Daniel Dougherty has always maintained that he didn’t set the fire that killed his two young sons in 1985.  His case is often compared to Cameron Todd Willingham’s controversial case.  Willingham was executed in 2004 for the deaths of his three young daughters.  More than a handful of experts before and since have said that a better understanding of fires could have shown Willingham was innocent.  Dougherty maintains he is the vicim of flawed forensic science.

Officers arrested Dougherty 14 years after the fire.  A fire marshal testified that the fire was arson.  A jury took three hours to find Dougherty guilty of murder and 3 1/2 hours to sentence him to die.  But, since the time of the fire and continuing today, forensics have radically changed and what was once proof of arson is now the opposite.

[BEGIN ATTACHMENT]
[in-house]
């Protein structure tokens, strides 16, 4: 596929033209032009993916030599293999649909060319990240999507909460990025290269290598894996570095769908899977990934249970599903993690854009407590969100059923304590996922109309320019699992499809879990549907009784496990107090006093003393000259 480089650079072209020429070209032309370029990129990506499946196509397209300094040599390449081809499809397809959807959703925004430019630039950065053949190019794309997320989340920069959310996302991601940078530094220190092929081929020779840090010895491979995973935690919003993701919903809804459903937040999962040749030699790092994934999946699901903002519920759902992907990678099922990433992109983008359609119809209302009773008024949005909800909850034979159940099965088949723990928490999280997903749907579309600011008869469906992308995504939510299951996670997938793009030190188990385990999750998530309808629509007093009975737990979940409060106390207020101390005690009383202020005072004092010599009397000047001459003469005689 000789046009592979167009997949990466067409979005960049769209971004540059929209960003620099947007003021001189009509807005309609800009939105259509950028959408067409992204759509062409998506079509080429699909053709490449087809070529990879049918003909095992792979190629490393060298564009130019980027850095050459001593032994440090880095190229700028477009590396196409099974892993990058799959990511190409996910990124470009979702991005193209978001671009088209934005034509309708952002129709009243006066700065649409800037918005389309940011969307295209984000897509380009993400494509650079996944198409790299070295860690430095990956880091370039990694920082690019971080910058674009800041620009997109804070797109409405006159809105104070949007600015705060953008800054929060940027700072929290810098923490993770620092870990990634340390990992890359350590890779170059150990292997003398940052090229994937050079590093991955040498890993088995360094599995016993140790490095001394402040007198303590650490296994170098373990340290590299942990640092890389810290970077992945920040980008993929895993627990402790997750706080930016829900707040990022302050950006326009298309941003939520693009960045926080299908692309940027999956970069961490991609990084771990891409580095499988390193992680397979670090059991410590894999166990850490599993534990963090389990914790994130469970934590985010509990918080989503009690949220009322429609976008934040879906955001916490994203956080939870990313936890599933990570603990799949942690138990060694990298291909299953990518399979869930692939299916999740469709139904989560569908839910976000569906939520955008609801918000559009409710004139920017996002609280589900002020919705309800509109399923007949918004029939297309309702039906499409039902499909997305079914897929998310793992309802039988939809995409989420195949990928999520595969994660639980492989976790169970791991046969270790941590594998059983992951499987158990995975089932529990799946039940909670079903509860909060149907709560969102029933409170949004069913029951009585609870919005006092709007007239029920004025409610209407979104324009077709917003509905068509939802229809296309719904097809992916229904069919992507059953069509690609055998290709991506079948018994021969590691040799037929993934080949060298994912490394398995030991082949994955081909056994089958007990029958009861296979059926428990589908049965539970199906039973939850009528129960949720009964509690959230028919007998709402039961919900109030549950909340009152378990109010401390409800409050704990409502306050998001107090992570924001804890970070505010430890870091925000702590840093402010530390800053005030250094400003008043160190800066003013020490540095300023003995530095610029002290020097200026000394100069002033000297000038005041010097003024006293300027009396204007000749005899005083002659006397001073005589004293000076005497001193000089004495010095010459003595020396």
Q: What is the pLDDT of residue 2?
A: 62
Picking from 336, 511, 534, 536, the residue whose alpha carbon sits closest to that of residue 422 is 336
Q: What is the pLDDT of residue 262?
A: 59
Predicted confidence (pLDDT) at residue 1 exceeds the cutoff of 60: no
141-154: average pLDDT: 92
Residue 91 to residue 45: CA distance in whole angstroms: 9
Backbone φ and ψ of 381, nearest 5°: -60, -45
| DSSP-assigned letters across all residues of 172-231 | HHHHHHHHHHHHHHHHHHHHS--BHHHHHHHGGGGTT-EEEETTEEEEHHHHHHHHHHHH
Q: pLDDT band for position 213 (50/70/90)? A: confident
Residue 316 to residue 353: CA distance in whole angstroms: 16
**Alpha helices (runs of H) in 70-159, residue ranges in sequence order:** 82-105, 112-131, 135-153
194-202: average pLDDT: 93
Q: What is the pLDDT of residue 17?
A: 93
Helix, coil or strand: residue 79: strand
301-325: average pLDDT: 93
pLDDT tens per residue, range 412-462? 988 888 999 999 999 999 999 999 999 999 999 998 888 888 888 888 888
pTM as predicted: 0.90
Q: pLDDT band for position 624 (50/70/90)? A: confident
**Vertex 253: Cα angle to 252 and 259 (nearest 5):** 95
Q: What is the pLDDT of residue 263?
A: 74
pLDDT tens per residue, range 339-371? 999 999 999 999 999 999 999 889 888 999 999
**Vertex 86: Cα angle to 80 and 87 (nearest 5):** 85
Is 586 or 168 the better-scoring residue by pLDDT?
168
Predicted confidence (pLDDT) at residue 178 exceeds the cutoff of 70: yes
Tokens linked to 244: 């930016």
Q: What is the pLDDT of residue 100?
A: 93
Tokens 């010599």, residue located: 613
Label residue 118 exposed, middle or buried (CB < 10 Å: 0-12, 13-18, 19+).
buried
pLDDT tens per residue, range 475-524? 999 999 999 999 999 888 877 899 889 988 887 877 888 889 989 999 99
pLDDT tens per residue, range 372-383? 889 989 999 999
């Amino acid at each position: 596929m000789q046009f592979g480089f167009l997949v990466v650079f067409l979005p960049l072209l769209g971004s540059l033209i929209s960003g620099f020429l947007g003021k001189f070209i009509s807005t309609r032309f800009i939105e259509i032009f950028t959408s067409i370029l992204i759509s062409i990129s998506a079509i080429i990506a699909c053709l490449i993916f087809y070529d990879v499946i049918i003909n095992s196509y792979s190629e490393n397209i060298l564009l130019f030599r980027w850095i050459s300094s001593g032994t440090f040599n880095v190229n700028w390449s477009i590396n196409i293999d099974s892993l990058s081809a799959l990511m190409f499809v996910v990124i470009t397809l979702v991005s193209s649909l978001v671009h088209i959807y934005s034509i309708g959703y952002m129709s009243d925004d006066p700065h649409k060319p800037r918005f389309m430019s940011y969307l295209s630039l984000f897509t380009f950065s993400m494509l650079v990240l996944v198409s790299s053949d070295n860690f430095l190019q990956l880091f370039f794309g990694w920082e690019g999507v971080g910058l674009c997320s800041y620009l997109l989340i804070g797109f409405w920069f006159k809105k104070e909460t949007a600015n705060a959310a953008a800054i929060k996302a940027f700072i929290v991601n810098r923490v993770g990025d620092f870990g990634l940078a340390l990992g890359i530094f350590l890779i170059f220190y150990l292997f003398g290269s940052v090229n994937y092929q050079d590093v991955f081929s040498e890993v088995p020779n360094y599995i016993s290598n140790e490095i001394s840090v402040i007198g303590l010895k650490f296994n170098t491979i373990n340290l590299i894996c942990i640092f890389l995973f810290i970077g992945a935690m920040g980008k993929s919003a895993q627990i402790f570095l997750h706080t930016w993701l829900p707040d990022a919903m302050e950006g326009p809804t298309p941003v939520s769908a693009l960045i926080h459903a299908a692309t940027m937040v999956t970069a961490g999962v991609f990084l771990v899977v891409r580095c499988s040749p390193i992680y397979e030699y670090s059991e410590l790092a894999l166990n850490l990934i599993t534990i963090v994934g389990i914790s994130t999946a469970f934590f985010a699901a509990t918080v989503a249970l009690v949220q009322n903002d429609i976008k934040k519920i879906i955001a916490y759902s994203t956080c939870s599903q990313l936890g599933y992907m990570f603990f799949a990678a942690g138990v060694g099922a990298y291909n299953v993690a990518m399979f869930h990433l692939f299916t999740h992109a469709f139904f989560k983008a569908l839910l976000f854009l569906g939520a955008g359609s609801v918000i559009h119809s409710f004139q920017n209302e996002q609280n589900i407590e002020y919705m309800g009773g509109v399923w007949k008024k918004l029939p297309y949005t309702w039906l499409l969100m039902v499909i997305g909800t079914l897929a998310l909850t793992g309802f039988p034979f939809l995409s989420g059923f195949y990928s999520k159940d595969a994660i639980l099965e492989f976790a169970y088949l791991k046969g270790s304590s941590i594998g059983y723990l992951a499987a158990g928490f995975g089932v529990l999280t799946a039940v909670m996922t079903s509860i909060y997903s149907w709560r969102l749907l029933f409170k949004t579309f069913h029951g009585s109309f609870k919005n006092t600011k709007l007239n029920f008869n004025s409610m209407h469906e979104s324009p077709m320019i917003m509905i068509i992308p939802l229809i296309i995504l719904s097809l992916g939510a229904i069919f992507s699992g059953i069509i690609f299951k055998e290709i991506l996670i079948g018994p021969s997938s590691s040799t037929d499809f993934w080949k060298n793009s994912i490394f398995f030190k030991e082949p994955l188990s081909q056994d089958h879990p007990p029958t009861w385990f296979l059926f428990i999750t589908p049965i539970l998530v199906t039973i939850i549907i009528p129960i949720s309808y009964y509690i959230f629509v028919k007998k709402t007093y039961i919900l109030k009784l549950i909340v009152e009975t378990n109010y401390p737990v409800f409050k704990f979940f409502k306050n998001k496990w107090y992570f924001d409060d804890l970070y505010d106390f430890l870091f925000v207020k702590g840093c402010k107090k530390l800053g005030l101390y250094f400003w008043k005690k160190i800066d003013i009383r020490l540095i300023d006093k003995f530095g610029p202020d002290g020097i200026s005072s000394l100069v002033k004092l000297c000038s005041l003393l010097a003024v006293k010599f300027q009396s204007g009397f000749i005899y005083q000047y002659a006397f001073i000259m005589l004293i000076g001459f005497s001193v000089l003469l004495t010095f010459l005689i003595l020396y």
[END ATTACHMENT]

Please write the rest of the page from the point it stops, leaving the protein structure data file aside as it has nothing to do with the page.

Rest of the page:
Superior Court has ordered a new trial in the deaths of 3-year-old John and 4-year-old Daniel Jr., 13 1/2 years after Dougherty was convicted and almost 30 years after the fire destroyed a family.  The court said that Dougherty’s trial defense failed to challenge the state’s scientific conclusions.  This skewed the jury’s conclusion, there was “no reliable adjudication of guilt or innocence…,” the court wrote.

If the jury heard and believed an authority on the advanced fire science of the time, it “would have had reasonable doubt about [Dougherty’s] guilt and would have been compelled to acquit him,” the court wrote.